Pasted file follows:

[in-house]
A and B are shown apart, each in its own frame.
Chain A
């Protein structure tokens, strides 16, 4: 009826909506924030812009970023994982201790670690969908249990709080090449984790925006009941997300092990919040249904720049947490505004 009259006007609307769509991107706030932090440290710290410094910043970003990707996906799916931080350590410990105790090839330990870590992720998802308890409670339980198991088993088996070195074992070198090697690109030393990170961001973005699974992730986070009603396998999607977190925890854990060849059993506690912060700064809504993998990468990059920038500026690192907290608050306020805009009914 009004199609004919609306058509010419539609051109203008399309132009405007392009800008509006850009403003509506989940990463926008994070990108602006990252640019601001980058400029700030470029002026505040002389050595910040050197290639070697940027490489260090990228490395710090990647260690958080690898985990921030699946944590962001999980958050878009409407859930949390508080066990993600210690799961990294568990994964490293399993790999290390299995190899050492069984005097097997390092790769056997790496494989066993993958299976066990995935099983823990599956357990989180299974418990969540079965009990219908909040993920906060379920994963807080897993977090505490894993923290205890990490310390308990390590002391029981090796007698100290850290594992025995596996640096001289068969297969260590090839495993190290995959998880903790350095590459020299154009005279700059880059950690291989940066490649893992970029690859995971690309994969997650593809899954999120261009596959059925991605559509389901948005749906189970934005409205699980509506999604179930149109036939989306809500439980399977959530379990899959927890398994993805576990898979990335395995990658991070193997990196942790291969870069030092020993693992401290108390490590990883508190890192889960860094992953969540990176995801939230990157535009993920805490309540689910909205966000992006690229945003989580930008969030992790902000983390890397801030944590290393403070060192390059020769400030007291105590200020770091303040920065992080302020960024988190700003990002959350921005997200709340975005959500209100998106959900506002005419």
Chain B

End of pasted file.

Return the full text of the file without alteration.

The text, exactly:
[in-house]
A and B are shown apart, each in its own frame.
Chain A
């Protein structure tokens, strides 16, 4: 009826909506924030812009970023994982201790670690969908249990709080090449984790925006009941997300092990919040249904720049947490505004 009259006007609307769509991107706030932090440290710290410094910043970003990707996906799916931080350590410990105790090839330990870590992720998802308890409670339980198991088993088996070195074992070198090697690109030393990170961001973005699974992730986070009603396998999607977190925890854990060849059993506690912060700064809504993998990468990059920038500026690192907290608050306020805009009914 009004199609004919609306058509010419539609051109203008399309132009405007392009800008509006850009403003509506989940990463926008994070990108602006990252640019601001980058400029700030470029002026505040002389050595910040050197290639070697940027490489260090990228490395710090990647260690958080690898985990921030699946944590962001999980958050878009409407859930949390508080066990993600210690799961990294568990994964490293399993790999290390299995190899050492069984005097097997390092790769056997790496494989066993993958299976066990995935099983823990599956357990989180299974418990969540079965009990219908909040993920906060379920994963807080897993977090505490894993923290205890990490310390308990390590002391029981090796007698100290850290594992025995596996640096001289068969297969260590090839495993190290995959998880903790350095590459020299154009005279700059880059950690291989940066490649893992970029690859995971690309994969997650593809899954999120261009596959059925991605559509389901948005749906189970934005409205699980509506999604179930149109036939989306809500439980399977959530379990899959927890398994993805576990898979990335395995990658991070193997990196942790291969870069030092020993693992401290108390490590990883508190890192889960860094992953969540990176995801939230990157535009993920805490309540689910909205966000992006690229945003989580930008969030992790902000983390890397801030944590290393403070060192390059020769400030007291105590200020770091303040920065992080302020960024988190700003990002959350921005997200709340975005959500209100998106959900506002005419």
Chain B